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40ft Elmore Tiny House by Movable Roots


This is the 40ft Elmore Tiny House by Movable Roots.

It boasts about 500 sq. ft. of space inside with two sleeping lofts, a main floor bedroom, a screened-in front porch, luxurious kitchen, and more.

Please enjoy, learn more, and re-share below. Thanks!

500 Sq. Ft. Elmore Tiny House on Wheels by Movable Roots with Main Floor Bedroom, Double Lofts, and More!

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This customer needed a main floor master bedroom with ample closets storage as well as 2 additional sleeping lofts and a front porch she could enjoy her coffee on in the mornings.

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The living room has a comfortable seating area for “L-shaped” couch.

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We designed a galley style kitchen that bar seating for 3 and a full-size fridge along with stackable washer/dryer all in the same space.

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On your way to the master you have the bathroom with adequate sized vanity and large shower space.

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The loft ladder leads to a large rear loft designed for 3 twin beds.

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The alternating stairs off the kitchen lead to the front loft that has space for a queen bed as well as its own small closet space.

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The alternating stairs off the kitchen lead to the front loft that has space for a queen bed as well as its own small closet space.

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Images © Movable Roots

Custom built home on a 40’ Movable Roots trailer with chef’s kitchen and front porch for morning coffee.

Starting Price: 120,000

Learn more

Movable Roots | Contact | Facebook | Instagram | Elmore

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Alex

Alex is a contributor and editor for TinyHouseTalk.com and the always free Tiny House Newsletter. He has a passion for exploring and sharing tiny homes (from yurts and RVs to tiny cabins and cottages) and inspiring simple living stories. We invite you to send in your story and tiny home photos too so we can re-share and inspire others towards a simple life too. Thank you!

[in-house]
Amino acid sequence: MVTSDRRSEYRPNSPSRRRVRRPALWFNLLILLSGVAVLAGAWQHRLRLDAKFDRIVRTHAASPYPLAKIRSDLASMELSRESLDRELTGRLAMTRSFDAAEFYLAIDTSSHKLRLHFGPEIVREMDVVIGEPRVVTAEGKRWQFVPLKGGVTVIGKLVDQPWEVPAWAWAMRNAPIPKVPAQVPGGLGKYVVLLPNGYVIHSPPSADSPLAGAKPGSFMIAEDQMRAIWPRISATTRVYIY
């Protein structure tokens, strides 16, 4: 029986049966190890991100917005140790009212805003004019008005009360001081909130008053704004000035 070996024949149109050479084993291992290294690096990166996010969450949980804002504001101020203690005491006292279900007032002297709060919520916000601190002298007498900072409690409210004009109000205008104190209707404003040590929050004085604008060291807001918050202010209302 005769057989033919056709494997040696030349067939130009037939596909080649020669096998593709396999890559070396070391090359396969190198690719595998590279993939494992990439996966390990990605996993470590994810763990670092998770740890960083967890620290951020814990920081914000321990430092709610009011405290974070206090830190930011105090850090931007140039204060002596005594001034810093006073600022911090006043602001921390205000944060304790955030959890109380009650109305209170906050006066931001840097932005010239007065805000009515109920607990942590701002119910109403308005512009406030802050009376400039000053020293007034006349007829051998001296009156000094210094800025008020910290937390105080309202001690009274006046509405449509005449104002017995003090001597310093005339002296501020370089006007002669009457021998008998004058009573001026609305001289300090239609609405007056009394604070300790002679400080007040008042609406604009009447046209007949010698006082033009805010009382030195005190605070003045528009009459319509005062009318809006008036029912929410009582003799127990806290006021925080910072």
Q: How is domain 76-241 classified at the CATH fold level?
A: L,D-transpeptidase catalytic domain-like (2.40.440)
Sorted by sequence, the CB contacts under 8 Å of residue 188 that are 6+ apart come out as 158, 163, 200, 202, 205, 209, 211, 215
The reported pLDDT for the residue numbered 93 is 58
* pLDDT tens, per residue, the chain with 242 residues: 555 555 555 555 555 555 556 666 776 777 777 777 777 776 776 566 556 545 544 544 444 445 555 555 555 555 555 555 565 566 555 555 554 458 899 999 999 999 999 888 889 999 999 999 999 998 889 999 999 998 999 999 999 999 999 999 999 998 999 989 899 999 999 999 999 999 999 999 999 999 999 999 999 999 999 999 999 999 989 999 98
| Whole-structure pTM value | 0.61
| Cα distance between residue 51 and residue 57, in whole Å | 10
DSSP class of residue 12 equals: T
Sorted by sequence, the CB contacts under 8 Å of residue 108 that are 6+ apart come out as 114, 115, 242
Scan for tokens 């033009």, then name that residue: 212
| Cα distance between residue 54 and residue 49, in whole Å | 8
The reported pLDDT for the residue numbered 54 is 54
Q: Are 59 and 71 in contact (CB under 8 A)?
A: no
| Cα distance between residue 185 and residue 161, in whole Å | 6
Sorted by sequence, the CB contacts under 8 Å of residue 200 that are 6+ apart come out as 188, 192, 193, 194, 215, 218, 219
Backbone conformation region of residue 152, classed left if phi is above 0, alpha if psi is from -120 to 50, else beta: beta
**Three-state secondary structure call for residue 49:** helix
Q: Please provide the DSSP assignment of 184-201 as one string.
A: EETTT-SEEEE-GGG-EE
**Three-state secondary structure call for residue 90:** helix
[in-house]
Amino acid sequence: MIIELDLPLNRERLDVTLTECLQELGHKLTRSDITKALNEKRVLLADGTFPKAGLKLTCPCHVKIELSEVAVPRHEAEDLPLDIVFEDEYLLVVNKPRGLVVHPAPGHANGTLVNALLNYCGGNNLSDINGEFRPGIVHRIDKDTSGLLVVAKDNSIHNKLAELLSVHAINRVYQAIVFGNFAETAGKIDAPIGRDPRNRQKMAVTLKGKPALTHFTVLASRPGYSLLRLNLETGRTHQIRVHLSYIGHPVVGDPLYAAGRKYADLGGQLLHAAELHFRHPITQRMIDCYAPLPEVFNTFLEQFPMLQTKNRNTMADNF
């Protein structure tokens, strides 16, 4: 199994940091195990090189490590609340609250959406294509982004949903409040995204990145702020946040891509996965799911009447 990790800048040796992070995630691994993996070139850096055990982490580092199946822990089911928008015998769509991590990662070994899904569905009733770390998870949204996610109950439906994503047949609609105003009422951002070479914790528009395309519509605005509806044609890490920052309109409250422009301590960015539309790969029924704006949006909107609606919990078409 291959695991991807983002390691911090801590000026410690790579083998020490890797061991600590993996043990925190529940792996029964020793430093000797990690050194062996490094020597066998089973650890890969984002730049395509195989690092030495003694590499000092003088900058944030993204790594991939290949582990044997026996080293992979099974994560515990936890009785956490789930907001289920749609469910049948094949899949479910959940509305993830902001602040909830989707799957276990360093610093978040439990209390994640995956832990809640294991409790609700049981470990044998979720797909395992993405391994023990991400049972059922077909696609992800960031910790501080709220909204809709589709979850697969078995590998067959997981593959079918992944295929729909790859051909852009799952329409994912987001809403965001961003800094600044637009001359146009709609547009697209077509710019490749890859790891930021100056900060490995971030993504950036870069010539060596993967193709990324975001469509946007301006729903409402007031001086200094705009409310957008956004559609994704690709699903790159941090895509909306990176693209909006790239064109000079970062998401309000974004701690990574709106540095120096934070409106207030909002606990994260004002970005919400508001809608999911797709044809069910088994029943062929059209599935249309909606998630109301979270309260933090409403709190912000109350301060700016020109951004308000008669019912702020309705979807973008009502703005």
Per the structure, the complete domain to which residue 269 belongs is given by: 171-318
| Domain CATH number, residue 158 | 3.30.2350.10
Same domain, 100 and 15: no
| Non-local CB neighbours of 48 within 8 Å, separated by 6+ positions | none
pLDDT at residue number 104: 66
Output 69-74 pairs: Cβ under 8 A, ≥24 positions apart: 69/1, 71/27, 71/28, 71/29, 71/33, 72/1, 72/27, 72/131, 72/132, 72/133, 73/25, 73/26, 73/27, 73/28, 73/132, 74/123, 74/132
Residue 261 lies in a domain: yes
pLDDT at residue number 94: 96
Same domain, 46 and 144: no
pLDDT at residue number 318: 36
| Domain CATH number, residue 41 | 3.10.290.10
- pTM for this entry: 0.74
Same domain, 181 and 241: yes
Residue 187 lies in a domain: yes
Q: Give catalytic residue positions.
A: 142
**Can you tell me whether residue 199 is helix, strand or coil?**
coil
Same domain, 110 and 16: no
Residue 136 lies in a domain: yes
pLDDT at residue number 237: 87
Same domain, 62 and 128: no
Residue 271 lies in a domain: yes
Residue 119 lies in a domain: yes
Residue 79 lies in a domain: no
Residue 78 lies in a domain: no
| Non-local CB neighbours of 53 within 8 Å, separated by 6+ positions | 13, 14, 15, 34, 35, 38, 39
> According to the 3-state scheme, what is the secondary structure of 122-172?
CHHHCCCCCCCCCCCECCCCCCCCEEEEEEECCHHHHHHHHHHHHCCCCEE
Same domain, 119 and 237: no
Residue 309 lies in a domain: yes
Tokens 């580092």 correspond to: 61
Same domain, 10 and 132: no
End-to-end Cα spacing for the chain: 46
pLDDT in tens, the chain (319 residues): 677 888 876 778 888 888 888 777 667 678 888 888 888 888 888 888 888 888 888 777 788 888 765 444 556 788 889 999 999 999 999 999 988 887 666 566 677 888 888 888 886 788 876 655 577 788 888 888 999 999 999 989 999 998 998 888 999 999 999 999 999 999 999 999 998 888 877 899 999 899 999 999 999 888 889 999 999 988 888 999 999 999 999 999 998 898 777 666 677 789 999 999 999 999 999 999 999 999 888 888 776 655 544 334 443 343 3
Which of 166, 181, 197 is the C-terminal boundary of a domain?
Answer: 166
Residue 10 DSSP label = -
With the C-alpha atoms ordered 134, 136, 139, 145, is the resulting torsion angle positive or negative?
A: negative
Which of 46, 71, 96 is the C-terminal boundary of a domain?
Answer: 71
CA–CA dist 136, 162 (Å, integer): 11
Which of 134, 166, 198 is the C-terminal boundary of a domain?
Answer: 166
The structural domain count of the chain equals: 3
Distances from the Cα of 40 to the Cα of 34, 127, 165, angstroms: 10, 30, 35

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{ 7 comments… add one }
  • JOE3 October 25, 2018, 5:35 pm

  • Karen Blackburn October 26, 2018, 5:09 am

    I like the screened in porch. This is something that I would insist on in any tiny house, mainly so that insects will be kept out (years of broken nights courtesy of mosquitoes will never be forgotten) and my house cat will get plenty of fresh air without the dangers of being hit by vehicles on the busy road out in front. Otherwise, a nice house but not tiny, or even really small. Sleeping for 7 people yet with a tiny living area that has virtually no seating, certainly none for people to sit around and talk, nor a table and chairs to eat anything cooked in the luxury kitchen unless done in rounds of three or standing up trying to hold a plate in one hand while using a knife and fork with the other 2 with the last holding a glass of water or wine.

  • bob October 26, 2018, 8:03 am

    1) 5,000 sq ft is not likely to be correct. Looks like a typo as was pointed out in a FB posting yesterday. No body must be watching the FB postings because the typo still exists.
    2) $120,000 starting price eliminates a good chunk of people who want to live tiny without that kind of an expense. For $120,000 you can get an 80 foot double wide with a lot more space which would certainly be less cramped for 7 people.
    3) That is the biggest refrigerator/freezer I’ve ever seen and I doubt it is actually that size. Most likely about 2/3 less than the photo shows.
    4) Bath is a nice size
    5) Access to the larger loft is by ladder while access to a much smaller loft is by a “staircase” structure? Doesn’t look right though maybe the camera is distorting the images.